Johns Hopkins University Doctor Shares Health Tips with Monte Vista School’s Parents

by Michele Earle
January 29, 2014 • 625 views

El Monte

Dr. Gerardo Lopez-Mena, from Johns Hopkins Bayview Medical Center in Baltimore, Maryland recently visited Monte Vista School to share with parents and families the importance of healthy lifestyles. Dr. Lopez-Mena, grew up in El Monte and is committed to giving back to the community by delivering medical education on important health topics through lectures, presentations, open discussions and interactive learning.
Dr. Lopez-Mena’s presentation focused on high blood pressure and diabetes and the importance of educating ourselves to ensure we stay healthy.
“Hypertension and diabetes in the Latino population has reached epidemic proportions,” Dr. Lopez-Mena said.  “Latinos are suffering a higher rate of heart attacks and strokes and also dying at greater rates. This is a big problem in this community and my goal is to return to El Monte after my residency at Johns Hopkins and do my best to support community members to be healthy both physically and mentally.”
Statistics indicate that one in three U.S. adults have high blood pressure. Known as the silent killer, because it is asymptomatic, high blood pressure can be hereditary and sometimes controlled by diet and exercise.
“It is important to get regular check-ups and monitor your blood pressure and blood sugar levels.  Blood pressure medications are good and safe, and if your doctor prescribes them you must take them.  It’s imperative that you follow the regimen you are given,” Dr. Lopez-Mena said. “We need to raise the awareness of the dangers of high blood pressure and diabetes because both lead to strokes and strokes kill twice as many women a year then breast cancer.”
During the month of January and his visit to El Monte, Dr. Lopez-Mena partnered with the local high schools and began the foundation for Promotores(as) or Community Health Workers, a concept he developed where community members promote health in their own communities.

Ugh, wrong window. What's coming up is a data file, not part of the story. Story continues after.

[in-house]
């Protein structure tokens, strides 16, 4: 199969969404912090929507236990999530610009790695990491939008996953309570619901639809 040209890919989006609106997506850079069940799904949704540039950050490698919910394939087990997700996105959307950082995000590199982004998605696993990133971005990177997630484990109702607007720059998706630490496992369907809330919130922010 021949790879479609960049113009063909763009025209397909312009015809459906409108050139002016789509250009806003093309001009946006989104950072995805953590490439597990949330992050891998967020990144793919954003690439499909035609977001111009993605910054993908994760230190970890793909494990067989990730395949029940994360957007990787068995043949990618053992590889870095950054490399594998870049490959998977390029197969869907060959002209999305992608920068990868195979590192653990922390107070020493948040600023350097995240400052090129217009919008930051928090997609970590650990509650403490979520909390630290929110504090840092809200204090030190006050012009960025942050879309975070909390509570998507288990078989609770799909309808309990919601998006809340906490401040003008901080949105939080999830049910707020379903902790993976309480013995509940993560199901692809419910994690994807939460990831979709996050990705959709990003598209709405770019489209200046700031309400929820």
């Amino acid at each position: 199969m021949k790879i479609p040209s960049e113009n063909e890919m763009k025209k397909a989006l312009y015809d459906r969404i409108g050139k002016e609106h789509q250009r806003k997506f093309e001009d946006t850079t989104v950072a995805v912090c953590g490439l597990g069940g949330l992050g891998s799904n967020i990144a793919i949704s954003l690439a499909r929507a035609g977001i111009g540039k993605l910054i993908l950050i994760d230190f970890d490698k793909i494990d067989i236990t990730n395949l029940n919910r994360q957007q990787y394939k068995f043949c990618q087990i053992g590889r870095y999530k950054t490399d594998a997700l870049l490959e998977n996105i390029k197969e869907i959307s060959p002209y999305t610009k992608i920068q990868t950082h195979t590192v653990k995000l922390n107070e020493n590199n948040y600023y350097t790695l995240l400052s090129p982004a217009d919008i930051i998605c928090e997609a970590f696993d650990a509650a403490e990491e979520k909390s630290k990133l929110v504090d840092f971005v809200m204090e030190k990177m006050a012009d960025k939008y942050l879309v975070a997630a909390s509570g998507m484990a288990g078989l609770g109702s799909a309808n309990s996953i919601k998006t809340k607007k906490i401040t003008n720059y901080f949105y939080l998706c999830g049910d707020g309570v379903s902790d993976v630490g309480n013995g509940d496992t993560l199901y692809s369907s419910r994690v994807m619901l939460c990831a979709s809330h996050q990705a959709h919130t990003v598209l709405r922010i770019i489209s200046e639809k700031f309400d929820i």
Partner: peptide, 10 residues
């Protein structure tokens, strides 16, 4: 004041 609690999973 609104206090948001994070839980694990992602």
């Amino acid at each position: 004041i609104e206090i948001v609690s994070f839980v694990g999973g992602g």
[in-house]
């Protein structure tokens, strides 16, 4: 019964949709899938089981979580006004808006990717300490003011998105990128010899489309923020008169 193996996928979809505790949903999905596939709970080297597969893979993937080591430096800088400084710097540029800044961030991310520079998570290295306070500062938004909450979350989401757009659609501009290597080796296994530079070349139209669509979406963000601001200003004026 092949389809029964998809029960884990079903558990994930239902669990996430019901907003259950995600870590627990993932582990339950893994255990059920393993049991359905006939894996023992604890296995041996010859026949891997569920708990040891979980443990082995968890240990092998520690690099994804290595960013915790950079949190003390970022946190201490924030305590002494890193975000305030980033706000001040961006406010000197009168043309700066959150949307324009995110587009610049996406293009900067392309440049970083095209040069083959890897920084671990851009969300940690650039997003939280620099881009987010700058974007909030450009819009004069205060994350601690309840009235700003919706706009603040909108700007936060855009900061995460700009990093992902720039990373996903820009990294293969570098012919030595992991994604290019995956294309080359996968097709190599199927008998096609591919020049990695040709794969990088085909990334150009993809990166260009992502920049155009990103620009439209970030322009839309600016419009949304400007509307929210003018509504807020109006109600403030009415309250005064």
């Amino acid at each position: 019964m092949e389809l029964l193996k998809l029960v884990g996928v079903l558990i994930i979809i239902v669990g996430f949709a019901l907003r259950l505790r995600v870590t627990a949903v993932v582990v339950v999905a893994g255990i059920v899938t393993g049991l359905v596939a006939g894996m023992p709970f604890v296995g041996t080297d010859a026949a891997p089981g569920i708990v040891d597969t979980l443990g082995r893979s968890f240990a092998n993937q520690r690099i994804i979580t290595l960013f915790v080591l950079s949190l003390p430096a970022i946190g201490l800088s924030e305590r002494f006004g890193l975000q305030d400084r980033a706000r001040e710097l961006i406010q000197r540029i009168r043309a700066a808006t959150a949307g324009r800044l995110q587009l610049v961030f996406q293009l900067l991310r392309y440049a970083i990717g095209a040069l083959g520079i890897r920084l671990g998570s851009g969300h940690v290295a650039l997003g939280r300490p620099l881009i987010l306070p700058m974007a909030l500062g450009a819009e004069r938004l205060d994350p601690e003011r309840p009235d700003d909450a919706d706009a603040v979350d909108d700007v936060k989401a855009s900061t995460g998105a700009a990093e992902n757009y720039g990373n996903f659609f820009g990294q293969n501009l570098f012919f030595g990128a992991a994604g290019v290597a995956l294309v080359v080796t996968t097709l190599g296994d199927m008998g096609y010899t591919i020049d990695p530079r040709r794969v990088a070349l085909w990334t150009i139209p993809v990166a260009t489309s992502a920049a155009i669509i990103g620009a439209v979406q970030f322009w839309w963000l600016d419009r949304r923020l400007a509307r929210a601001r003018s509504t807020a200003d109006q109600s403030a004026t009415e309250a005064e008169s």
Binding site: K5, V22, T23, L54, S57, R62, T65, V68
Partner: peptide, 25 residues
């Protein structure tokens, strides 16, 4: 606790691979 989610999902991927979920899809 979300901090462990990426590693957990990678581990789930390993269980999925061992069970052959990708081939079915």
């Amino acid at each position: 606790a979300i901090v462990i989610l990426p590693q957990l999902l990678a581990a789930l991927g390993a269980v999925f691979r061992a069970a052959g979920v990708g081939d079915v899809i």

“The reason I wanted to start at the high school level is that I want to influence the health of these young kids, expose them to the health profession, and give them an experience and something to put on their college applications. As community health workers they will provide leadership, peer education, support, and resources to support community empowerment.”
In addition to his work at Johns Hopkins, Dr. Lopez-Mena is also a member of the National Hispanic Medical Association whose vision is to improve the health of Hispanic populations, and he is the founder of Embajadores de Salud de la Cominidad, a program to engage the Spanish speaking community.
“We are grateful to Dr. Lopez-Mena for sharing such great information with us regarding our health,” said Robert Lopez, Monte Vista’s principal.  “We want all of our students and families to be healthy and live long, healthy lives.  His work in the high schools and throughout the community will be very beneficial,” added Lopez, who also happens to be the proud brother of Dr. Lopez-Mena.

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